november-25-2008-023
Zucchini leaves


Fairy Doors


Cement Reflections, click to see the post

September 30, 2009 061 (2)
Unpainted

October 26, 2009 new 046 (2)
Yorick


A Little Whimsy In The Garden Click to see the post

May your creative juices be flowing like rivers as you get out there and cast your own leaves with the cement/sand mix.

For other How To posts written by Fairegarden, look for How To on the sidebar page listing or click here.

Frances

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34 Responses to How To Make Leaf Castings

  1. Tiziana says:

    Great post, Frances!
    First, I apologize for not being more assiduous in commenting, but I will follow you forever.
    Your post is very informative, fantastic idea and explanations are excellent and it seems so easy to realize that I would give it a try!
    Happy end of August, dear! Hugs!

    Dear Tiziana, thanks for those kind words! There are no apologies necessary at all, I appreciate any and all comments, but know how busy modern life has become. Making the leaf castings is easy, but certain steps need to be followed for success. I do hope this post is understandable enough to enable anyone wanting to make a cement leaf to be able to do so. Hugs to you!
    Frances

  2. Fab tutorial Frances – as I type this I have one eye on the garden – searching for the perfect leaf! :)
    K

    Thanks dear Karen. I hope you find the perfect leaf for this project, although I also hope you make several! It is slightly addictive.
    Frances

  3. Kathy Stilwell says:

    Amazing creativity! Thanks for the lesson.

    Thanks Kathy. I hope you will make some of these yourself!
    Frances

  4. Carol says:

    Fabulous!! I want to make one!! Can we make them at the next fling? Please oh please!!

    Thanks Carol. Why wait that long to make one? You can do it at home much more easily and won’t have to try to carry the heavy thing home. Get the materials together and get started. I know you have leaves, maybe even squash leaves!
    Frances

  5. Darla says:

    I always love your ‘How To’ posts…you give wonderful instructions and love seeing the photos..I will be borrowing this method. Thanks Ms. Frances.

    That is music to my eyes, dear Darla! These how to posts are more difficult to write than most, trying to get all the facts in there and taking photos while in the process. I am so happy to be able to help people get started on these projects, for they are quite worthwhile pursuits.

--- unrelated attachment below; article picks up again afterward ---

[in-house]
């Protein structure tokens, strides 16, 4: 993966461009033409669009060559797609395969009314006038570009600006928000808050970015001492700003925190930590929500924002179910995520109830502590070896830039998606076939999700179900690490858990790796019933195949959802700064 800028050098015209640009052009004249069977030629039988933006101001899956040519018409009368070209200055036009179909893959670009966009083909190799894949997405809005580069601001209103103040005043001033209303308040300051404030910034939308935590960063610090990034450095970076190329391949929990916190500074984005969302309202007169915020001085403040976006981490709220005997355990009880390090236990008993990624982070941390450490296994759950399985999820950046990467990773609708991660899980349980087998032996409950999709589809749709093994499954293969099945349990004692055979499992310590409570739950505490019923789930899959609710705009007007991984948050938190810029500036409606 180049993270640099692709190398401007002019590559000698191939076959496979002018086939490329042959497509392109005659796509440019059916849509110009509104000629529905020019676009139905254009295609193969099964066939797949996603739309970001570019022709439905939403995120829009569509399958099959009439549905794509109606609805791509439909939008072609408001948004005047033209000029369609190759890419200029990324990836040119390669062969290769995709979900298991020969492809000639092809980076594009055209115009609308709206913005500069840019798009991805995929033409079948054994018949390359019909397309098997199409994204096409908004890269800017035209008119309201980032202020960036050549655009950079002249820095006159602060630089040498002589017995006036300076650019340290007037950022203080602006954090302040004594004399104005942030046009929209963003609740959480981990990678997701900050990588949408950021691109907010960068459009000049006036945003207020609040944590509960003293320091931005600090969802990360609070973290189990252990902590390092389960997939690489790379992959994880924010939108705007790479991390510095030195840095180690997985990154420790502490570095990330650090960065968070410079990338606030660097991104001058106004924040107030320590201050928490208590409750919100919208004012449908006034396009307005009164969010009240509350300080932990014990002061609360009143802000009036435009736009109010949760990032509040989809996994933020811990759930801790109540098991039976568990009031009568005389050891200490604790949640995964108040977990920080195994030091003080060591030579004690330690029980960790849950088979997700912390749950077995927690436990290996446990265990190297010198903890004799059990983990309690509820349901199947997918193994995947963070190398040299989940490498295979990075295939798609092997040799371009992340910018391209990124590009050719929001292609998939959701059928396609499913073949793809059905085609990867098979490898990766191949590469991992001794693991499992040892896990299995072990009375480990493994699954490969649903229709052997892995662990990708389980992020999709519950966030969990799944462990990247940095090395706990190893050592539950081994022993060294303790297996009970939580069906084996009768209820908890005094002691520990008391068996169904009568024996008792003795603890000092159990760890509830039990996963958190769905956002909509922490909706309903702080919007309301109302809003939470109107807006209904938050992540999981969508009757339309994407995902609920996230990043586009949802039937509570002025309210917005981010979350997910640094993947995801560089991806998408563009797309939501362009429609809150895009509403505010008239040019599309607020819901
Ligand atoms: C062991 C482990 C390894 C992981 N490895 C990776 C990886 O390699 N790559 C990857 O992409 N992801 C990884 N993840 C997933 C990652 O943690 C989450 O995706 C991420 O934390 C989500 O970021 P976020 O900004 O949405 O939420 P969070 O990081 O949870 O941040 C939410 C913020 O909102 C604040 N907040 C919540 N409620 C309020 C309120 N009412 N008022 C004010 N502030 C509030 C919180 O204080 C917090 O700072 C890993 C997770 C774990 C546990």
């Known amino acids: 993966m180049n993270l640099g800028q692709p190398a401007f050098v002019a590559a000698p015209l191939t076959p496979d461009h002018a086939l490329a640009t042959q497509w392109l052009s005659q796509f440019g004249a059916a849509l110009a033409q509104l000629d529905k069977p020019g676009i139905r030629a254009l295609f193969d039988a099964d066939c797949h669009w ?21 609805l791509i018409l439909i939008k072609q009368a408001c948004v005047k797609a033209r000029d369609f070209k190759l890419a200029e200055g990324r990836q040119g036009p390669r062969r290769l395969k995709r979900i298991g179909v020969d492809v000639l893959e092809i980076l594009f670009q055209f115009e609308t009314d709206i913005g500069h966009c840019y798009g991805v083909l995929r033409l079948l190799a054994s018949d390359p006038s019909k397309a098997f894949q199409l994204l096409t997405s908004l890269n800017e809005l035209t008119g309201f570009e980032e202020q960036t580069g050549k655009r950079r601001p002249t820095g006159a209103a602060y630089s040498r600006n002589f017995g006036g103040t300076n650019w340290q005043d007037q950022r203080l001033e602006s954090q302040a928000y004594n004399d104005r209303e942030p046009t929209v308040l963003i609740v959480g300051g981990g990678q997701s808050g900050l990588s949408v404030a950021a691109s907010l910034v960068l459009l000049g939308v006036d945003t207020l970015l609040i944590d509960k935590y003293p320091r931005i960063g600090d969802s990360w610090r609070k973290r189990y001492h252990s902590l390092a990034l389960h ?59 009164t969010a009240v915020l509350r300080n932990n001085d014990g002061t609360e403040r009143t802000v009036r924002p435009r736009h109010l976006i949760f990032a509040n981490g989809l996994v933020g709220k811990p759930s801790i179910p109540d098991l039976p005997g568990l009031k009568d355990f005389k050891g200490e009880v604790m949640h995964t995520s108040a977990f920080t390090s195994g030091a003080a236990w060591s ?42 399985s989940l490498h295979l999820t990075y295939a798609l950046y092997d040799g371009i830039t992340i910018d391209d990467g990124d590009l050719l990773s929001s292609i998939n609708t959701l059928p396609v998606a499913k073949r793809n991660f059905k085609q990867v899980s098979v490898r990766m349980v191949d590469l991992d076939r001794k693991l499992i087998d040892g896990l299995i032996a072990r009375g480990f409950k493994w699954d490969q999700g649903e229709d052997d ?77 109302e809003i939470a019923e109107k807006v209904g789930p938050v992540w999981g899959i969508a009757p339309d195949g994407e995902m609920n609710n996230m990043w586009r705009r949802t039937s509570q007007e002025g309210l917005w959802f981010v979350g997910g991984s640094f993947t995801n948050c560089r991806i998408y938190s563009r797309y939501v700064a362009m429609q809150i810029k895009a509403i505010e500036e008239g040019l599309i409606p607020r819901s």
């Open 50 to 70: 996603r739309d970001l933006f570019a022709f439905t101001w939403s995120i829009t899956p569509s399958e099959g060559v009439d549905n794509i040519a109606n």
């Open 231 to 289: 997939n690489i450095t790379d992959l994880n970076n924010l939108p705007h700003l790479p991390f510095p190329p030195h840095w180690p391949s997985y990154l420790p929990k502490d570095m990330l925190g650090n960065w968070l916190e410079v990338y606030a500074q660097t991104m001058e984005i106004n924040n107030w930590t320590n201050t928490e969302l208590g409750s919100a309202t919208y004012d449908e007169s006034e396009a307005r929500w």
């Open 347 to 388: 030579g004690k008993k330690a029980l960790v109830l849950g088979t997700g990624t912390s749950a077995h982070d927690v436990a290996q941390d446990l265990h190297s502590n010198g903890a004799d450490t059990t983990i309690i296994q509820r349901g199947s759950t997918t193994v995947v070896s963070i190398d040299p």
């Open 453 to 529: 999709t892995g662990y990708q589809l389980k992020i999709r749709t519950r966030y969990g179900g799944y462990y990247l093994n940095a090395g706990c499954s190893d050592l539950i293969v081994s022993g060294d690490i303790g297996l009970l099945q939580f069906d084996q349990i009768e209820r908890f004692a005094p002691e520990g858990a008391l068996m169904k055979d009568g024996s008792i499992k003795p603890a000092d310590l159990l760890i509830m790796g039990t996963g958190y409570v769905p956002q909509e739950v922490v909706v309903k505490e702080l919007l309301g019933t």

Frances

  6. Lisa at Greenbow says:

    You are getting so good at this Frances. I keep thinking I will try this but I haven’t done so as yet. You are an inspiration. Thanks for all the tips.

    Thanks Lisa, you are sweet. I hope you do give the leaf casting a try. I can imagine how cleverly you would paint them!
    Frances

  7. Gail says:

    Frances, Love this very helpful and informative post. Your instructions, photos and fun asides were a treat to read. Like Carol I am checking my garden for big leaves~Which you and I know are missing from this garden with its little leaf syndrome! xxoogail I do have an indoor plant plant~Philodendron with giant sized leaves,

    Thanks Gail. I understand that little leaf syndrome all too well. Your houseplant might be the perfect subject! Good luck with it.
    xxxooo
    Frances

  8. Great explanation, and I love the paint. Never thought about fairy doors. Sorry about your banana leaf. Bummer. You should pitch this idea to a magazine.~~Dee

    Thanks so much Dee. There are many things that can be made from this mixture, limited only by one’s imagination. The banana leaf was a learning experience, maybe I will try the metal armature one of these days. As the for magazine pitch, maybe someday.
    Frances

  9. I’m hopeful PaulfromAlabama will enjoy all the flowers in the garden without leaves! I’ve been lusting after leaf castings at the garden center forever… now I’m inspired to try my own. Thank you for an excellent tutorial and for sharing your beautiful castings.

    Thanks Lin-da/Paul. I hope you have fun using those garden leaves!
    Frances

  10. Sandra Jonas says:

    This is wonderful Frances. I tried making some hypertufa pots and had limited success. I MUST try this.
    Thanks for the post.
    Sandra

    Thanks Sandra. I believe the leaf casting to be easier than the hypertufa to work with, but both improve with practice. Good luck with your projects!
    Frances

  11. Patty Hicks says: